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. 2015 Mar 20;10(3):e0121776.
doi: 10.1371/journal.pone.0121776. eCollection 2015.

Humoral Immunity Links Candida Albicans Infection and Celiac Disease

Free PMC article

Humoral Immunity Links Candida Albicans Infection and Celiac Disease

Marion Corouge et al. PLoS One. .
Free PMC article


Objective: The protein Hwp1, expressed on the pathogenic phase of Candida albicans, presents sequence analogy with the gluten protein gliadin and is also a substrate for transglutaminase. This had led to the suggestion that C. albicans infection (CI) may be a triggering factor for Celiac disease (CeD) onset. We investigated cross-immune reactivity between CeD and CI.

Methods: Serum IgG levels against recombinant Hwp1 and serological markers of CeD were measured in 87 CeD patients, 41 CI patients, and 98 healthy controls (HC). IgA and IgG were also measured in 20 individuals from each of these groups using microchips sensitized with 38 peptides designed from the N-terminal of Hwp1.

Results: CI and CeD patients had higher levels of anti-Hwp1 (p=0.0005 and p=0.004) and anti-gliadin (p=0.002 and p=0.0009) antibodies than HC but there was no significant difference between CeD and CI patients. CeD and CI patients had higher levels of anti-transglutaminase IgA than HC (p=0.0001 and p=0.0039). During CI, the increase in anti-Hwp1 paralleled the increase in anti-gliadin antibodies. Microchip analysis showed that CeD patients were more reactive against some Hwp1 peptides than CI patients, and that some deamidated peptides were more reactive than their native analogs. Binding of IgG from CeD patients to Hwp1 peptides was inhibited by γIII gliadin peptides.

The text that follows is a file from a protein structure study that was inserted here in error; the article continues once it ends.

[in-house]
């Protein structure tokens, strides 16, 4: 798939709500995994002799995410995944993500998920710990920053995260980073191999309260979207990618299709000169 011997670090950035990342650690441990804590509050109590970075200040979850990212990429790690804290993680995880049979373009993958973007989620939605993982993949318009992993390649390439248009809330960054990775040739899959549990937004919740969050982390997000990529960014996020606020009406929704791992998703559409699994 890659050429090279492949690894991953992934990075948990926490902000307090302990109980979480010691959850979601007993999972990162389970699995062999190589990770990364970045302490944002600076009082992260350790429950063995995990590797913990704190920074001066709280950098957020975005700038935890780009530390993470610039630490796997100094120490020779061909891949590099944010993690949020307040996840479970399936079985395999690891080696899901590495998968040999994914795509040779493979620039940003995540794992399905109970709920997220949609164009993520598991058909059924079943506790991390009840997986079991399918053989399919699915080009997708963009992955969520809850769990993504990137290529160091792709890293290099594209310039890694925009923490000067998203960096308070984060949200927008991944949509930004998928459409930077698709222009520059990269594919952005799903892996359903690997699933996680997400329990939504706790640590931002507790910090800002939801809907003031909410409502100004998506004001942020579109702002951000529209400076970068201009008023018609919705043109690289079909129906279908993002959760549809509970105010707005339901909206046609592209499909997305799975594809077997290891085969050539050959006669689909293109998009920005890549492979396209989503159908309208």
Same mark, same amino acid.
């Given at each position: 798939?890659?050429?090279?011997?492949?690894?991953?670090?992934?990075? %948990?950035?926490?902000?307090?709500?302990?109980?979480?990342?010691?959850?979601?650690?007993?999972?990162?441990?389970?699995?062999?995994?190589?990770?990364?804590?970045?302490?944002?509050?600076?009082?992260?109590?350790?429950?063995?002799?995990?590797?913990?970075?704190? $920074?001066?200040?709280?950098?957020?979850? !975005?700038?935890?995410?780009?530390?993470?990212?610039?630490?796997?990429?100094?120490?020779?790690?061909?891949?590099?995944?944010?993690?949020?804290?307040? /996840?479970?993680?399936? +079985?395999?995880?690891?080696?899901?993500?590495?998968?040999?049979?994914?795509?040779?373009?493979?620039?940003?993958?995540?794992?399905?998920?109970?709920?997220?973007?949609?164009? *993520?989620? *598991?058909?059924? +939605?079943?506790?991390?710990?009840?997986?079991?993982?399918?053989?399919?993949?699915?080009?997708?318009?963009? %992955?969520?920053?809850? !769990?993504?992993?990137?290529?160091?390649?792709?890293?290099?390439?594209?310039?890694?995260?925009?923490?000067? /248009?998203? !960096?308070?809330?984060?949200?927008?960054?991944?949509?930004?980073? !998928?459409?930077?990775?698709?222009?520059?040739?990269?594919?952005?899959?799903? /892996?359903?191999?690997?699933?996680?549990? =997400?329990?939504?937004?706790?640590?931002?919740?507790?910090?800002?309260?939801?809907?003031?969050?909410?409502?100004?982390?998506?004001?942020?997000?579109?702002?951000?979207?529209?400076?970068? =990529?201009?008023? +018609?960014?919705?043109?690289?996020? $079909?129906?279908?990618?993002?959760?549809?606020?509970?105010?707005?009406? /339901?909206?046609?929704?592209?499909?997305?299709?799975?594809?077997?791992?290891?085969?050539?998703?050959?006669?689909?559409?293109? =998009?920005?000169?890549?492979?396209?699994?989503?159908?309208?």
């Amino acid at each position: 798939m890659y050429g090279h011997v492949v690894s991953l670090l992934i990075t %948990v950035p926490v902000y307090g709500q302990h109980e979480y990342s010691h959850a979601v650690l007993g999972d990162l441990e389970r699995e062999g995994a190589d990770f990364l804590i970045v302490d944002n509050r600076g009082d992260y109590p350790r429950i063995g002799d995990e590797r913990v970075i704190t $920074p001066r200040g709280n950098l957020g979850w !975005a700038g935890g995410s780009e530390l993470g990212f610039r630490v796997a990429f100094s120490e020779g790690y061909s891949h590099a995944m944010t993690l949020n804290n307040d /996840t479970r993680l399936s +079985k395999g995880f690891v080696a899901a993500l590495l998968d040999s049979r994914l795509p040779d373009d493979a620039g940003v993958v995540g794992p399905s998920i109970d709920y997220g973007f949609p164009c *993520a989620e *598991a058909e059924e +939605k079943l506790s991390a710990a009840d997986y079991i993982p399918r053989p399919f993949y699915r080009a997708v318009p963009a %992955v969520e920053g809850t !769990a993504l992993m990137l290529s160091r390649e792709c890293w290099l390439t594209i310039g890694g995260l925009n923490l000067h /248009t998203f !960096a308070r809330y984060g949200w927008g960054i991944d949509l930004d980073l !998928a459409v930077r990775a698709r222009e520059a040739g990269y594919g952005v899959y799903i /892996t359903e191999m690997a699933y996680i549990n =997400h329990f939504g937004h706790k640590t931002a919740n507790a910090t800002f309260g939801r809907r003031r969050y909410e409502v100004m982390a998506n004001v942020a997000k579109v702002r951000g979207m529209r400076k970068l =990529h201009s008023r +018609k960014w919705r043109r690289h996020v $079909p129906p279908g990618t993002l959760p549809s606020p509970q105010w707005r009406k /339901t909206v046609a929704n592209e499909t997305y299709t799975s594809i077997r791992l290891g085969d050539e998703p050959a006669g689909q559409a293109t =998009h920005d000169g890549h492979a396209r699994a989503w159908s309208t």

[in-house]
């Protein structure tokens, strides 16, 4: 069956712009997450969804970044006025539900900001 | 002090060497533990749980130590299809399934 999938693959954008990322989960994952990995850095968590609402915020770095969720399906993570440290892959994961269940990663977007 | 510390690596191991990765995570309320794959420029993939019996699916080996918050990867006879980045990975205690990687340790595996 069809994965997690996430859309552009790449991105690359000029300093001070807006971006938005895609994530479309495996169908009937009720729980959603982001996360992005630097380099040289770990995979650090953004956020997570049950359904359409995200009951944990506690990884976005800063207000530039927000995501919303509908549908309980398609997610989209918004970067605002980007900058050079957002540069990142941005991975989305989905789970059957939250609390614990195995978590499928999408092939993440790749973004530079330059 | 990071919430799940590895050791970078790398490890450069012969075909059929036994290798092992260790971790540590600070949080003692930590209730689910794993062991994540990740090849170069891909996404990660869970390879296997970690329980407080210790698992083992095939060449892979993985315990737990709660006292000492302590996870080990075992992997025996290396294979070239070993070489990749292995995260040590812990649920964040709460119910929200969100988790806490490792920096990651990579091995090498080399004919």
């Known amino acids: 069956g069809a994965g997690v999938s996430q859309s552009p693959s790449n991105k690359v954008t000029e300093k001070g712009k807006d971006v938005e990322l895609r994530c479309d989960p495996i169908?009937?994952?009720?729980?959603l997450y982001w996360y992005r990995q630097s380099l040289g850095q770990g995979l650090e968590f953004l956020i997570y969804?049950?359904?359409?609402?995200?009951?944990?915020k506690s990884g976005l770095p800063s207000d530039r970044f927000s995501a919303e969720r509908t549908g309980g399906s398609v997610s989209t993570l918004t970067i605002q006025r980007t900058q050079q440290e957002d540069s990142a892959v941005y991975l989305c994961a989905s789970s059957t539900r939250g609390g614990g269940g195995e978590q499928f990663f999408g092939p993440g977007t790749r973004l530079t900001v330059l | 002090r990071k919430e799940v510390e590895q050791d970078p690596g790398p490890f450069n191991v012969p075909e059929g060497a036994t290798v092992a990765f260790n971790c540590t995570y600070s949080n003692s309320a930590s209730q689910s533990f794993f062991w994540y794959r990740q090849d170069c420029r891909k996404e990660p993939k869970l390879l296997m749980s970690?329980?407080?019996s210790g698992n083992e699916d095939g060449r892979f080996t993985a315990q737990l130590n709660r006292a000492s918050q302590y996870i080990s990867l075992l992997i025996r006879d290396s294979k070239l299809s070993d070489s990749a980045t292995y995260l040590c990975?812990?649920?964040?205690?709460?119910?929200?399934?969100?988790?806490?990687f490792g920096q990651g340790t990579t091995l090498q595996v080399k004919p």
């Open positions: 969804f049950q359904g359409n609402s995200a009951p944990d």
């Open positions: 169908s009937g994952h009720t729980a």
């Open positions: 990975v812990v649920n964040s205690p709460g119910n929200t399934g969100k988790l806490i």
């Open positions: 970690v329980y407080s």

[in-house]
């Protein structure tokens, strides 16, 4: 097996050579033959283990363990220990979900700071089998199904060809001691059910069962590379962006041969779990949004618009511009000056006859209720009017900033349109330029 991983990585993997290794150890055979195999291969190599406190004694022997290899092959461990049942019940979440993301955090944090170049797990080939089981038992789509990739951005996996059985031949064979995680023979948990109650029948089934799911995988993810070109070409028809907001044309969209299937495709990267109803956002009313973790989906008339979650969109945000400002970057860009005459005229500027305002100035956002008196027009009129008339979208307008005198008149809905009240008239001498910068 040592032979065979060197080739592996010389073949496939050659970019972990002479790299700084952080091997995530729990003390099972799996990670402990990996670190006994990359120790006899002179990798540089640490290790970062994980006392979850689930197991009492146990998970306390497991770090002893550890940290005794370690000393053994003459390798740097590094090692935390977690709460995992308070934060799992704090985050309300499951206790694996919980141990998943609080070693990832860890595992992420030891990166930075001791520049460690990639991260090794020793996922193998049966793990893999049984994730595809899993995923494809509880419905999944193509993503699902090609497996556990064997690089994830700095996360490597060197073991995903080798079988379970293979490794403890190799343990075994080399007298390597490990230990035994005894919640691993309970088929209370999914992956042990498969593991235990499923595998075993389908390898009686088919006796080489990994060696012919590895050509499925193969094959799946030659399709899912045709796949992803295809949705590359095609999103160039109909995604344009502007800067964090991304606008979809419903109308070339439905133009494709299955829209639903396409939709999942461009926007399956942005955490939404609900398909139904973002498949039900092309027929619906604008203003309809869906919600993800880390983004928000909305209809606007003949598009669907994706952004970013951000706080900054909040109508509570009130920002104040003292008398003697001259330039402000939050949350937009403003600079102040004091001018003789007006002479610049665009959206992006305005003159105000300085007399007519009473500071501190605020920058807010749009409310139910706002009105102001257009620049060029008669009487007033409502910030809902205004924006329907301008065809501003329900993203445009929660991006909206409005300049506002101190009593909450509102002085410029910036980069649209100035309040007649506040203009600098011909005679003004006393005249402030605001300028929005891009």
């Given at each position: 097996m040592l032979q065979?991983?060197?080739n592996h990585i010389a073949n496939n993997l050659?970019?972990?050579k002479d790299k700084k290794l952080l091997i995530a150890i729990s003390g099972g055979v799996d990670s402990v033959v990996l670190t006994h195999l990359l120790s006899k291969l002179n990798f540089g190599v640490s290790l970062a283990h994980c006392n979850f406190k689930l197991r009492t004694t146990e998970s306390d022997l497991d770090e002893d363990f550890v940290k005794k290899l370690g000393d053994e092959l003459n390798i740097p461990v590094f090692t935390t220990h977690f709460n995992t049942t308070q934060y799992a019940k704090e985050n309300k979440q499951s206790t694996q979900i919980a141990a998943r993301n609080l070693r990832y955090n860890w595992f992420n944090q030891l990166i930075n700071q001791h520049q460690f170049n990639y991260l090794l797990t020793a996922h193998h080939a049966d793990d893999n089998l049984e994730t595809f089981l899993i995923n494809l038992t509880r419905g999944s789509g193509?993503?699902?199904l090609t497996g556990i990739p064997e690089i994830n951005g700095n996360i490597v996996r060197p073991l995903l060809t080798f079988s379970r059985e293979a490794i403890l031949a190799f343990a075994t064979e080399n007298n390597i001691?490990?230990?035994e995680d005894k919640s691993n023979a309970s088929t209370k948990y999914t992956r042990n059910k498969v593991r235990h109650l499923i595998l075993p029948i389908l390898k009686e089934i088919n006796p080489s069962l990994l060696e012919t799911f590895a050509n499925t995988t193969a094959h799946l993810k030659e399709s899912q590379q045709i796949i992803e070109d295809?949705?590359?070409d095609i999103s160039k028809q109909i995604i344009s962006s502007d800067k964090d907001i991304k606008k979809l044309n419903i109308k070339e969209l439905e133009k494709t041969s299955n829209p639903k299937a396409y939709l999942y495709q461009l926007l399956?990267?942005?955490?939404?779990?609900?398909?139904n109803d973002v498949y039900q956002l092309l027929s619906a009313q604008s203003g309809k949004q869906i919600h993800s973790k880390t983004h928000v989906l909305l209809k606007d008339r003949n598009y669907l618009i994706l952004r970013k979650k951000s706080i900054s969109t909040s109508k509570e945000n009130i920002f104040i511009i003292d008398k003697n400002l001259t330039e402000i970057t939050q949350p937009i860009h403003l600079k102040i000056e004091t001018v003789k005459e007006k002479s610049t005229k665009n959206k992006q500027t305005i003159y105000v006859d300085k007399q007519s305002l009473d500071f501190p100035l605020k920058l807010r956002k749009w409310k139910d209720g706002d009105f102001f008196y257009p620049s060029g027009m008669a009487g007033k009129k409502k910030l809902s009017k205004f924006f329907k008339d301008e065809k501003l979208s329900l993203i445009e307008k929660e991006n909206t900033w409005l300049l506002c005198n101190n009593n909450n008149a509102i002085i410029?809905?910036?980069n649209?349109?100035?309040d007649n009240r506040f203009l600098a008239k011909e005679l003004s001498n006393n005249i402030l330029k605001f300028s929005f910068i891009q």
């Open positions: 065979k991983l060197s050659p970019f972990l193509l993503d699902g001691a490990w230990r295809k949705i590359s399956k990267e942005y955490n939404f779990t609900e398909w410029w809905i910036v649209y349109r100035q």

Conclusions: Humoral cross-reactivity between Hwp1 and gliadin was observed during CeD and CI. Increased reactivity to Hwp1 deamidated peptide suggests that transglutaminase is involved in this interplay. These results support the hypothesis that CI may trigger CeD onset in genetically-susceptible individuals.

Conflict of interest statement

Competing Interests: Co-author VS is affiliated with the private company Innobiochips. VS participated in the design, data collection, analysis and preparation of the manuscript for publication. There are no patents, products in development or marketed products to declare. This does not alter the authors' adherence to all the PLOS ONE policies on sharing data and materials.


Fig 1
Fig 1. (A) Analysis of rNtermHwp1 purification by SDS-PAGE and immunoblotting.
After migration in polyacrylamide gels, only a single band was stained with Coomassie blue in the sample containing purified rNtermHwp1 (lane 1). This band was detected with anti-HisTag (lane 2) and mAb 16B1 (lane 3) antibodies, showing purity of the sample. As deduced from its amino acid sequence, rNtermHwp1 has a theoretical molecular mass of 19.5 kDa but migrates in SDS PAGE as a 45 kDa protein. This molecular mass shift is a result of the rigid coiled structure of Hwp1. (B) Photomicroscopy. (1) Bright field microscopy of C. albicans yeast forms producing germ tubes. (2) Same microscopic field as (1) using immunofluorescence staining with mAb 16B1, which selectively binds to the surface of germ tubes. (C) Reactivity of mAb 16B1 with rNterm Hwp1 by ELISA, expressed as optical density.